|Publication number||US5735437 A|
|Application number||US 08/655,051|
|Publication date||Apr 7, 1998|
|Filing date||May 29, 1996|
|Priority date||Jan 22, 1996|
|Also published as||CA2241541A1, CA2241541C, CA2586168A1, CA2586168C, CA2586170A1, CA2586170C, DE69630473D1, DE69630473T2, DE69630545D1, DE69630545T2, EP0871547A2, EP0982077A2, EP0982077A3, EP0982077B1, EP0982078A2, EP0982078A3, EP0982078B1, WO1997027000A2, WO1997027000A3|
|Publication number||08655051, 655051, US 5735437 A, US 5735437A, US-A-5735437, US5735437 A, US5735437A|
|Inventors||Bruce R. Broyles, James A. Wilson, Vern E. Radewald, James C. Biesecker|
|Original Assignee||Minnesota Mining And Manufacturing|
|Export Citation||BiBTeX, EndNote, RefMan|
|Patent Citations (19), Referenced by (24), Classifications (13), Legal Events (4)|
|External Links: USPTO, USPTO Assignment, Espacenet|
This application is a continuation application of U.S. application Ser. No. 08/589,818, fled Jan. 22, 1996.
1. Field of the Invention
This invention relates to a hand-held dispenser having an actuating lever that is movable to advance a plunger for dispensing material from one or more chambers. The invention also relates to a mixing tray especially adapted for use with a hand-held dispenser.
2. Description of the Related Art
A variety of hand-held dispensers are available for dispensing material to a selected location. Many dispensers include a dispenser body having inner walls that define one or more chambers for containing a quantity of the material to be dispensed. Other dispensers have a receptacle for detachably receiving a removable cartridge that has one or more material-containing chambers.
A large number of hand-held dispensers have a plunger that is advanced toward each chamber to eject and dispense the contained material when desired. In some dispensers, a lever is pivotally connected to the dispenser body. A ratchet mechanism connected to the lever is operable to advance the plunger and dispense material from the chamber or chambers when the lever is depressed.
Some lever-operated dispensers are adapted to dispense two materials simultaneously from two side-by-side chambers that are either contained within the dispenser body or contained within a cartridge that is detachably connected to the dispenser body. In such dispensers, the plunger includes a pair of interconnected plunger rods that simultaneously advance toward respective chambers as the lever is depressed. These dispensers are particularly useful for compositions made of two components or materials that are typically not mixed together until immediately prior to use.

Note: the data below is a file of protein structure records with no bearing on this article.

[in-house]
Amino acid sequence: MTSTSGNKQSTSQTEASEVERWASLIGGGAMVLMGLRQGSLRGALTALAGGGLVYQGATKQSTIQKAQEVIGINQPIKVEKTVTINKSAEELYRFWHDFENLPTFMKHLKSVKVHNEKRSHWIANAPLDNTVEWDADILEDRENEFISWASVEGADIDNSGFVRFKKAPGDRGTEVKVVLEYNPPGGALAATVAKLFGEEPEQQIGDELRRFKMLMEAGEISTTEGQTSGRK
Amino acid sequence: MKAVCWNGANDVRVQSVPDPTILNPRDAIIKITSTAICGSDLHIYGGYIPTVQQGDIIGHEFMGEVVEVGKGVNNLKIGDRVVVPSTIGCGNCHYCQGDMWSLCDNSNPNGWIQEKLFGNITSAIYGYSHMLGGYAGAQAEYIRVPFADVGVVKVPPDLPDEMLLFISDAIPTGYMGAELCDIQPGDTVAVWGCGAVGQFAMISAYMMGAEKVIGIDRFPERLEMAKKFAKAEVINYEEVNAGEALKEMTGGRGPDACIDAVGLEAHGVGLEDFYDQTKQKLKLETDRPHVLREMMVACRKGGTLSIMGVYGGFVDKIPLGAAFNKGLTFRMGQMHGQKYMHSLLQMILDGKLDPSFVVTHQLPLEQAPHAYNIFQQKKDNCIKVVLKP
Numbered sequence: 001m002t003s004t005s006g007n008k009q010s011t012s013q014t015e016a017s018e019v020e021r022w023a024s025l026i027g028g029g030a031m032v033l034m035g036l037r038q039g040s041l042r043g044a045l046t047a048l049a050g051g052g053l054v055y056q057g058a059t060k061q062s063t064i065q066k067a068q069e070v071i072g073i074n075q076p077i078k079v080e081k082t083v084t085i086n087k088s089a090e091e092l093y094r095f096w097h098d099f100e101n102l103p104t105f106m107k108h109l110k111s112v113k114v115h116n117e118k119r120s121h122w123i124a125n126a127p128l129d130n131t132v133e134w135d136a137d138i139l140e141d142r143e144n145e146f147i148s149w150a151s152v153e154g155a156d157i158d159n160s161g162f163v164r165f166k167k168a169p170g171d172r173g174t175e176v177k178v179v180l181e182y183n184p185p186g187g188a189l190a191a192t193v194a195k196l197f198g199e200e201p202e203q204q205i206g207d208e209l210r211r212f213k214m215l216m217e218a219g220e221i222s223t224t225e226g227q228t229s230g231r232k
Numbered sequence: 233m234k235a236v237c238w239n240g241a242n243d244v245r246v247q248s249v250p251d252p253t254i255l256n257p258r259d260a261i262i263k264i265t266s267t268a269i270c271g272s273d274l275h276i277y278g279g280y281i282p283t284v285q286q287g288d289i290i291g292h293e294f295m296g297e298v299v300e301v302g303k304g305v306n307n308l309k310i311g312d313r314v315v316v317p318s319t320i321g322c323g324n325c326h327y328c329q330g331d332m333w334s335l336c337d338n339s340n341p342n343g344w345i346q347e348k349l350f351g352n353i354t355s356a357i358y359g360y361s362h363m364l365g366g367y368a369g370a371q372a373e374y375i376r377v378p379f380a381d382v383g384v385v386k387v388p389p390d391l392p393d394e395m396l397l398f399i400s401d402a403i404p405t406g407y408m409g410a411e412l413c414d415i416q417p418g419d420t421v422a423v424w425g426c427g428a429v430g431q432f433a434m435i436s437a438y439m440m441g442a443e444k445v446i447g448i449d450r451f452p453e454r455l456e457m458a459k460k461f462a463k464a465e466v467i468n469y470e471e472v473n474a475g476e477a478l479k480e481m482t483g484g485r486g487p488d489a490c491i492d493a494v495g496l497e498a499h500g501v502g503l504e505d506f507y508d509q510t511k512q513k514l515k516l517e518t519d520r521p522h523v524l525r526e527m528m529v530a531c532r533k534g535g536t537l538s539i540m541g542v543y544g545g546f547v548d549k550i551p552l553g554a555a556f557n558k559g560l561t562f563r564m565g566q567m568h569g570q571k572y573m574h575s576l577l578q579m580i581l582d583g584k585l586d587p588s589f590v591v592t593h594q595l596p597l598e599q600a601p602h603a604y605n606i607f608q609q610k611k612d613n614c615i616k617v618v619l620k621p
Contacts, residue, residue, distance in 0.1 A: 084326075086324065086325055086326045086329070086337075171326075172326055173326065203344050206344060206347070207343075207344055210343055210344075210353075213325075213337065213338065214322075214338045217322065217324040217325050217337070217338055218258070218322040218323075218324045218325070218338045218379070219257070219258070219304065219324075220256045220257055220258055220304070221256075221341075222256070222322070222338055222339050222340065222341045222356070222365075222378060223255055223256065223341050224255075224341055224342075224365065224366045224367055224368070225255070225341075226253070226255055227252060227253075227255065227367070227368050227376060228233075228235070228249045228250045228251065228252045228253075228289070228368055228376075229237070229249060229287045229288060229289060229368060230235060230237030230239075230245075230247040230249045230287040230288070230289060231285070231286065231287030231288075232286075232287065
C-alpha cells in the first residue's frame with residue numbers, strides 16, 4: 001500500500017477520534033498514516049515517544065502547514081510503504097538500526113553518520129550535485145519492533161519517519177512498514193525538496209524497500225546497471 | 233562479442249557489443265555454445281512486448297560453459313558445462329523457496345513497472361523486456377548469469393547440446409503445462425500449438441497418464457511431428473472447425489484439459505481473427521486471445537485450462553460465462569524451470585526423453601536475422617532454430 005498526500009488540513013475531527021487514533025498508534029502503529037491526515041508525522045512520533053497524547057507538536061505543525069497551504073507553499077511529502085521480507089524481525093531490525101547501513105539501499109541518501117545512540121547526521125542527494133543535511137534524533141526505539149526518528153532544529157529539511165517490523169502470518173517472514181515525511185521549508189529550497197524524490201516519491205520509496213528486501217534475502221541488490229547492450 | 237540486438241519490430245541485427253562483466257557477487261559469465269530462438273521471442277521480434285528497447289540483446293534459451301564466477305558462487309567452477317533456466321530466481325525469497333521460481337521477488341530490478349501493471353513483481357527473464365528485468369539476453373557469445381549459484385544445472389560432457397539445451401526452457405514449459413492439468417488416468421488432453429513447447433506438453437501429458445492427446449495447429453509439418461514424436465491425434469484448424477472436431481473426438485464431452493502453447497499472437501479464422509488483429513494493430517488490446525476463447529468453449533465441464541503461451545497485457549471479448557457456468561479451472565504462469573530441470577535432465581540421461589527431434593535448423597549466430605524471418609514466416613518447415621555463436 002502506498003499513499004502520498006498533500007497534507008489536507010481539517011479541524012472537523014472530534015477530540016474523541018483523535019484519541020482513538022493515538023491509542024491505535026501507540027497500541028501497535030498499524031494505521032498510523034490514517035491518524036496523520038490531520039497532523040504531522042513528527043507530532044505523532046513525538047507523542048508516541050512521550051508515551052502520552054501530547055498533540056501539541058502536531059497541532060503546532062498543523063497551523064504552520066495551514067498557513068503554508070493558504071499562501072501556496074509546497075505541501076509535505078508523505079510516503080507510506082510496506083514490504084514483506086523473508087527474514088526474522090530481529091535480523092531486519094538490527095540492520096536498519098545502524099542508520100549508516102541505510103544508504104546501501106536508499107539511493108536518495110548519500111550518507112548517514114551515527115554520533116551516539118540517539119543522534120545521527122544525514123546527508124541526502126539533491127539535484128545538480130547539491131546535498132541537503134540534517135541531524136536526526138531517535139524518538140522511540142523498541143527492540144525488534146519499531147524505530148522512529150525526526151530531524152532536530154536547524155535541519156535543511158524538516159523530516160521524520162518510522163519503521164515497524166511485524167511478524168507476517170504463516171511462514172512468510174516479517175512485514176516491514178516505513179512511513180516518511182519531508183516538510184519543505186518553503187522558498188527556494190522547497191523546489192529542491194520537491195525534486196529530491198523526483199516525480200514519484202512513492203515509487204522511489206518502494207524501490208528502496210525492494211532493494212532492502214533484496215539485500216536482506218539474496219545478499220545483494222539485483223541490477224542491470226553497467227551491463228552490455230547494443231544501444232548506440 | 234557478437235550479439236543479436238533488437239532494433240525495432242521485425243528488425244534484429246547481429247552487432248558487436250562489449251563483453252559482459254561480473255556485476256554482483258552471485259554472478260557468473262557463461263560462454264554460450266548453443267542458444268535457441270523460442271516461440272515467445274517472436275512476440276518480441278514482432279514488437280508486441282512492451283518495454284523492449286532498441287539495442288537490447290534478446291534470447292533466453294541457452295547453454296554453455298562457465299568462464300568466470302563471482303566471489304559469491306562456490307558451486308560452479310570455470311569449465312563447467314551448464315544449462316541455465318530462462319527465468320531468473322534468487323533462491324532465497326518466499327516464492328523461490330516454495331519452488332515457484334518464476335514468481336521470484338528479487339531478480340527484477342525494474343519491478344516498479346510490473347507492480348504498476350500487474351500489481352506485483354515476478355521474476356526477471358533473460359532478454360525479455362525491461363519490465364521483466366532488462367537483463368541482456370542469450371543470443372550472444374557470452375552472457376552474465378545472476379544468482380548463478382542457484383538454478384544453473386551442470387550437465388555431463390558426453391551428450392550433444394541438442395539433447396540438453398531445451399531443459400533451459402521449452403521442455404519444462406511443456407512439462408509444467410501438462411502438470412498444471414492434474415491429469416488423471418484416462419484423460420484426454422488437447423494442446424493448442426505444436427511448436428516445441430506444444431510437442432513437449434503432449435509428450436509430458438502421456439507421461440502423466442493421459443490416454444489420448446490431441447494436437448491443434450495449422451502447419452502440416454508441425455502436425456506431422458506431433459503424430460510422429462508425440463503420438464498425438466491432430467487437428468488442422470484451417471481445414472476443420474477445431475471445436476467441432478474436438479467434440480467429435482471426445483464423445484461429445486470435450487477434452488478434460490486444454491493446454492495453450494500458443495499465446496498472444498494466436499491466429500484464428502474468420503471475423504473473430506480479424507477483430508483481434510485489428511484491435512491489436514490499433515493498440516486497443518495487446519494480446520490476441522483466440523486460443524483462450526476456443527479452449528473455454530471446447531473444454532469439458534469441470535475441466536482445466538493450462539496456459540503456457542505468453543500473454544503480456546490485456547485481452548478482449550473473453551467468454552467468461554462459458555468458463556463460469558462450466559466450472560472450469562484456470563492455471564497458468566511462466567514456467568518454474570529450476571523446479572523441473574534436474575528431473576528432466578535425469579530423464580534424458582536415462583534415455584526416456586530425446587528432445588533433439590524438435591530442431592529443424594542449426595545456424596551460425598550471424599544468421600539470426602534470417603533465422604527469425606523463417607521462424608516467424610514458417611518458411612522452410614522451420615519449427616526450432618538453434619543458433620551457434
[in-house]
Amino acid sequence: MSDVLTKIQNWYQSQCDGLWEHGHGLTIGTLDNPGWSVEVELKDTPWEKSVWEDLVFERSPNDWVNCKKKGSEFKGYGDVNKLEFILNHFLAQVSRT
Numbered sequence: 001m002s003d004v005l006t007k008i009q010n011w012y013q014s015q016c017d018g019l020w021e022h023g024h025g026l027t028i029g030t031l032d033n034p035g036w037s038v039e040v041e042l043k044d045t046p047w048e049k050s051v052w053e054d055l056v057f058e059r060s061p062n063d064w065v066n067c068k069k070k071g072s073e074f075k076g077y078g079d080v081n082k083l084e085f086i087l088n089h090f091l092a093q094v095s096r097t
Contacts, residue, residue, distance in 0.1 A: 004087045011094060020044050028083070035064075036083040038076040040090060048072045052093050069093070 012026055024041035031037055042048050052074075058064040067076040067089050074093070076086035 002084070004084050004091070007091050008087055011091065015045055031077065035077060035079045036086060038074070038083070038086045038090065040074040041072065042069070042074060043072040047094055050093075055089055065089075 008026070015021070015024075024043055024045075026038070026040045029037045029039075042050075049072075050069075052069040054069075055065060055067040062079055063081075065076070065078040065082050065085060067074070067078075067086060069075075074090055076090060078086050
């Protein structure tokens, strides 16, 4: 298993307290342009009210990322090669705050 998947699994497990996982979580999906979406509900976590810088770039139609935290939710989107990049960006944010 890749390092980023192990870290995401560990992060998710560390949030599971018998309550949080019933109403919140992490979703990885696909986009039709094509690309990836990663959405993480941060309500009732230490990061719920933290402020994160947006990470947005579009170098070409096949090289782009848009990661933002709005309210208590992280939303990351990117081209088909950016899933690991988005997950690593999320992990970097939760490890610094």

Examples of compositions made of two or more materials that are usually not mixed together until use include adhesives (such as epoxies), coatings and sealants for use in industrial, commercial and household applications. Other examples include medical and dental compositions such as self-curing CONCISE brand white dental sealant (from 3M). Dispensers having two chambers are especially useful for materials that begin to cure when mixed together, or for materials that are unstable when mixed and might degrade if supplied as a single component.
Some dispensers are particularly adapted to dispense relatively small amounts of material having a relatively low viscosity. Examples of such dispensers are described in U.S. Pat. Nos. 3,977,574, 4,444,560 and 4,779,770. When such dispensers are used in the field of dentistry, however, a larger quantity of material than actually desired may be dispensed. For example, the dental practitioner may need less than a single drop of material, a quantity that is difficult to accurately obtain using conventional dispensers.
Dispensers having one or more relatively long chambers typically include a relatively long plunger that is movable over substantially the entire length of the chambers. However, the chambers are often filled by the manufacturer with the material to be dispensed before being shipped to the end user. As a consequence, the plunger of such dispensers often extends a considerable distance rearwardly of the dispenser body, at least until such time that the majority of the material in the chambers has been dispensed.
Unfortunately, the rearwardly extending plunger of such dispensers is prone to being bumped, jarred or otherwise moved before the intended dispensing operation, such that a quantity of material may be ejected from the outlet of the chambers. Such unintended dispensing may occur, for example, during shipment of the dispenser to the end user or during handling or storage of the dispenser in the user's facility, as may occur when the dispenser is stored loosely in a drawer and comes into contact with other items. As can be understood, material that is unintentionally dispensed typically constitutes waste and often creates a spill that is a nuisance to clean. Moreover, if the material in the chamber has a relatively low viscosity such as a viscosity similar to water, the plunger may be moved forward and cause the material to be ejected even if only a relatively light impact force is applied against the rear end portion of the plunger.